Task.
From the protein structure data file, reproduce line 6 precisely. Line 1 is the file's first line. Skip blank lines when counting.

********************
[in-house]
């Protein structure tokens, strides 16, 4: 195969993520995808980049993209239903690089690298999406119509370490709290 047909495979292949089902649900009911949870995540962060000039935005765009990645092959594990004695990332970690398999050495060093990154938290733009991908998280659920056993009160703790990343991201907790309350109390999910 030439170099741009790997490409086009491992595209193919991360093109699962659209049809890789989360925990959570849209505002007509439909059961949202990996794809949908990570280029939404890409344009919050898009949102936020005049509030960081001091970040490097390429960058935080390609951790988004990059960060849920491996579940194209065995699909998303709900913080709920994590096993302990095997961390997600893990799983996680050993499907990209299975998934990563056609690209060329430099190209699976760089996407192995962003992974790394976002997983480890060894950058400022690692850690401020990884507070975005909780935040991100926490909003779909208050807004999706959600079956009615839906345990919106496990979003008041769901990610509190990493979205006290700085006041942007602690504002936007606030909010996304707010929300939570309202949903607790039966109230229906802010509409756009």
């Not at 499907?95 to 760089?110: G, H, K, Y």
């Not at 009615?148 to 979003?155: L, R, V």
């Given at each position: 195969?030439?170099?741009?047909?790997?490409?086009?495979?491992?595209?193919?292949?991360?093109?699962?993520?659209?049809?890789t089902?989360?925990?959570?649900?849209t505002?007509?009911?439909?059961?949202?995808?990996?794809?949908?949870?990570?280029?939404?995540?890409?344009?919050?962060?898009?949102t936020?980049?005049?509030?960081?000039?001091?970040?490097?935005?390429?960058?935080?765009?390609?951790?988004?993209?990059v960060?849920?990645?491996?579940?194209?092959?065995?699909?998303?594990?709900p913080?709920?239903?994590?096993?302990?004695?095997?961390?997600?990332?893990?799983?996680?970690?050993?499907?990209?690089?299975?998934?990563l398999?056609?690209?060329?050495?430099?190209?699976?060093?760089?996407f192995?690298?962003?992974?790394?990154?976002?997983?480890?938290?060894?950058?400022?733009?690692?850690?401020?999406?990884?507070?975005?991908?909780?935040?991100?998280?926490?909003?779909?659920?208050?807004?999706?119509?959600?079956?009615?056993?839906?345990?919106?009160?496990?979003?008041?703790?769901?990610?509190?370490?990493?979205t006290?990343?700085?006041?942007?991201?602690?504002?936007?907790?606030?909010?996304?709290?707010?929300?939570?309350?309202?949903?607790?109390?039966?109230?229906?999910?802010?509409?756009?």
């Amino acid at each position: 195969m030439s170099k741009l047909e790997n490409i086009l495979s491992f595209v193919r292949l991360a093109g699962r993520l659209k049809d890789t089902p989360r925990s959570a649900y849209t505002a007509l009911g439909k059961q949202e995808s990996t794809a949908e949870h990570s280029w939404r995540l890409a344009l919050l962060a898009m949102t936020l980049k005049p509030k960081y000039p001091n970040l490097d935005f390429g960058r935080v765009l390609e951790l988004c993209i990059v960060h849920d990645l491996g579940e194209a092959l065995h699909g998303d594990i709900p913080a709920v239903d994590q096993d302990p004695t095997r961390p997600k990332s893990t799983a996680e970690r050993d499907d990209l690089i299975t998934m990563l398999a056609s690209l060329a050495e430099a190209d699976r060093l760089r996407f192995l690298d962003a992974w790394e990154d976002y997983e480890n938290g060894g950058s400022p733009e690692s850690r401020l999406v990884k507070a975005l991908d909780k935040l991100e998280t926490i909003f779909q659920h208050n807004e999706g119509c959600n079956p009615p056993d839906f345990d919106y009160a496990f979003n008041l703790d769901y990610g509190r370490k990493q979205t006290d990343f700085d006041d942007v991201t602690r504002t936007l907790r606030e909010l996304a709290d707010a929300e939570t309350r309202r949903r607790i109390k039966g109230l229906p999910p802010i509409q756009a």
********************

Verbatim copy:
């Amino acid at each position: 195969m030439s170099k741009l047909e790997n490409i086009l495979s491992f595209v193919r292949l991360a093109g699962r993520l659209k049809d890789t089902p989360r925990s959570a649900y849209t505002a007509l009911g439909k059961q949202e995808s990996t794809a949908e949870h990570s280029w939404r995540l890409a344009l919050l962060a898009m949102t936020l980049k005049p509030k960081y000039p001091n970040l490097d935005f390429g960058r935080v765009l390609e951790l988004c993209i990059v960060h849920d990645l491996g579940e194209a092959l065995h699909g998303d594990i709900p913080a709920v239903d994590q096993d302990p004695t095997r961390p997600k990332s893990t799983a996680e970690r050993d499907d990209l690089i299975t998934m990563l398999a056609s690209l060329a050495e430099a190209d699976r060093l760089r996407f192995l690298d962003a992974w790394e990154d976002y997983e480890n938290g060894g950058s400022p733009e690692s850690r401020l999406v990884k507070a975005l991908d909780k935040l991100e998280t926490i909003f779909q659920h208050n807004e999706g119509c959600n079956p009615p056993d839906f345990d919106y009160a496990f979003n008041l703790d769901y990610g509190r370490k990493q979205t006290d990343f700085d006041d942007v991201t602690r504002t936007l907790r606030e909010l996304a709290d707010a929300e939570t309350r309202r949903r607790i109390k039966g109230l229906p999910p802010i509409q756009a």